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Retirement checklist: what benefits are you entitled to?

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Retirees are being urged to find out what benefits they are entitled to after a new report found 1.6 million older people are missing out on extra pension credit.

Figures from the Department for Work and Pensions (DWP) indicate that up to £2.8bn in pension credit is not taken up, and it is thought that about one in three of those eligible are still not claiming the benefit.

Retirement homes property developer, McCarthy & Stone, said that a low awareness of the range of benefits older people are entitled to, as well as a fear of talking to strangers about money problems, is why many pensioners are struggling to cope with their finances and failing to claim the extra cash.

Colin Cuthbert, benefits adviser at McCarthy & Stone, said: “Most of the people we help have never claimed anything extra in their life, but we explain that they’re entitled to investigate their options. These can make a real difference to many older people who have been struggling to meet the rising cost of living and didn’t know they could get some extra help. We’ve spoken to over 800 people about benefit entitlement in the past 12 months.

Anyone aged 60 or over in England is eligible for free NHS prescriptions and sight tests.

But many people who receive Guaranteed Pension Credit do not realise that this automatically qualifies them for help towards NHS health costs too – for example, free NHS dental treatment and a voucher towards the cost of glasses or contact lenses.

They can also receive help with essential travel costs to receive NHS treatment if referred by a doctor or dentist, or need to see a consultant.

Pensioners may also be entitled to:

1. Guaranteed Pension Credit

There are two elements of pension credit – Guaranteed Credit and Savings credit, so you may be entitled to receive one or both of them. Guaranteed Pension Credit may be paid when you reach the qualifying age.

It tops up your weekly income to a guaranteed minimum if it’s below £145.40, or £222.05 for a couple. These figures can also increase if you are in receipt of disability/careers benefits and/or if you are liable for ground rent and service charges.

2. Savings Credit

Savings Credit is an extra payment for those who have saved some money towards their retirement for example a pension and you may be able to get it if you are aged 65 or over.

You may also be entitled to Savings Credit as well as Guaranteed Pension Credit. This could be worth up to £18.06 per week for single people, or £22.89 for couples.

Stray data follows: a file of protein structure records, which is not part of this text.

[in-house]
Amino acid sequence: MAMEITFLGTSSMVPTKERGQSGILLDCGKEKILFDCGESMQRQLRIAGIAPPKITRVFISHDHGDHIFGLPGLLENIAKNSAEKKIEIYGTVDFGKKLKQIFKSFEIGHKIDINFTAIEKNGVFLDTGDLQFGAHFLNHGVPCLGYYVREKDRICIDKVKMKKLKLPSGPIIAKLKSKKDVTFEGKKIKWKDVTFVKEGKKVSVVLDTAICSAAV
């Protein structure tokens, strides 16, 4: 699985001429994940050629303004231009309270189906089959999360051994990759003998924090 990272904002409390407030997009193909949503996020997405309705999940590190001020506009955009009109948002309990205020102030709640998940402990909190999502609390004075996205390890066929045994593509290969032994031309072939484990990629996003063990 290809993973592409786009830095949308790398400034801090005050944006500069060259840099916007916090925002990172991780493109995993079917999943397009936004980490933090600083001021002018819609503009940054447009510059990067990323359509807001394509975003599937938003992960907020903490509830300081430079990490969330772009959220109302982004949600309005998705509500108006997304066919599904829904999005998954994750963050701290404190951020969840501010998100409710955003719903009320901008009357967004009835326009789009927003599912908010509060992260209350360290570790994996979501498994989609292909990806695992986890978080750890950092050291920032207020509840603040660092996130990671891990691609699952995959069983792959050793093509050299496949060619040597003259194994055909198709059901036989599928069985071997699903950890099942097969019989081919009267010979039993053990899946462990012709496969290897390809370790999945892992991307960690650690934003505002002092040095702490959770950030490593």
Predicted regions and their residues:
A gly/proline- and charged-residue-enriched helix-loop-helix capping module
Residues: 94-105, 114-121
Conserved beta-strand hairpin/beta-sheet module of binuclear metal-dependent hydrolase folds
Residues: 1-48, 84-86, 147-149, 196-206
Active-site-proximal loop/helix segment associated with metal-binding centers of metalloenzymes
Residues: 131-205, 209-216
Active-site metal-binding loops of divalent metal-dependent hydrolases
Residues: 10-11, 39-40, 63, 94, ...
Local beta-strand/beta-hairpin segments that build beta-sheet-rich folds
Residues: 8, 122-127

3. Attendance Allowance

Attendance Allowance is also one of most frequent benefits pensioners fail to claim.

This is a non-taxable benefit for people living at home aged 65 and over who need someone to help look after them because they are physically or mentally disabled and is a non-means tested benefit.

The name given to this entitlement is confusing as it implies that you need to have someone actually looking after you at home to benefit. This is certainly not the case.

A typical successful applicant for this entitlement will be over 65 years of age who through illness or disability occurring for at least the last 6 months requires help with personal care, support or supervision. What matters is that you need the help, not whether you are actually receiving it.

There is not a list of illnesses or disabilities which determine who will and who will not receive the Attendance Allowance but special rules do apply for certain conditions including blind and terminally ill applicants.

Successful eligible applicants can receive £53 paid weekly, often if needs are limited to day time and £79.15 weekly if your needs are for day and night. Applicants have to submit an Attendance Allowance Claims Pack.

4. Council Tax Benefit

This may be met in full if you qualify for the Guaranteed Pension Credit. There are possible discounts if you have a low income and you can receive a 25% discount if you live on your own. You may be entitled to a reduction in Council Tax if you are disabled or have a disabled person living with you.

5. Personal Independence Payment/Severe Disability Premium

Personal Independent Payment is a non-taxable benefit for people who have become disabled and make a claim before 65. It is non-means tested.

Severe Disability Premium, if you receive a qualifying benefit such as Attendance Allowance or Personal Independence Payment you may also qualify for a premium on top of the basic personal allowance known as Severe Disability Premium.

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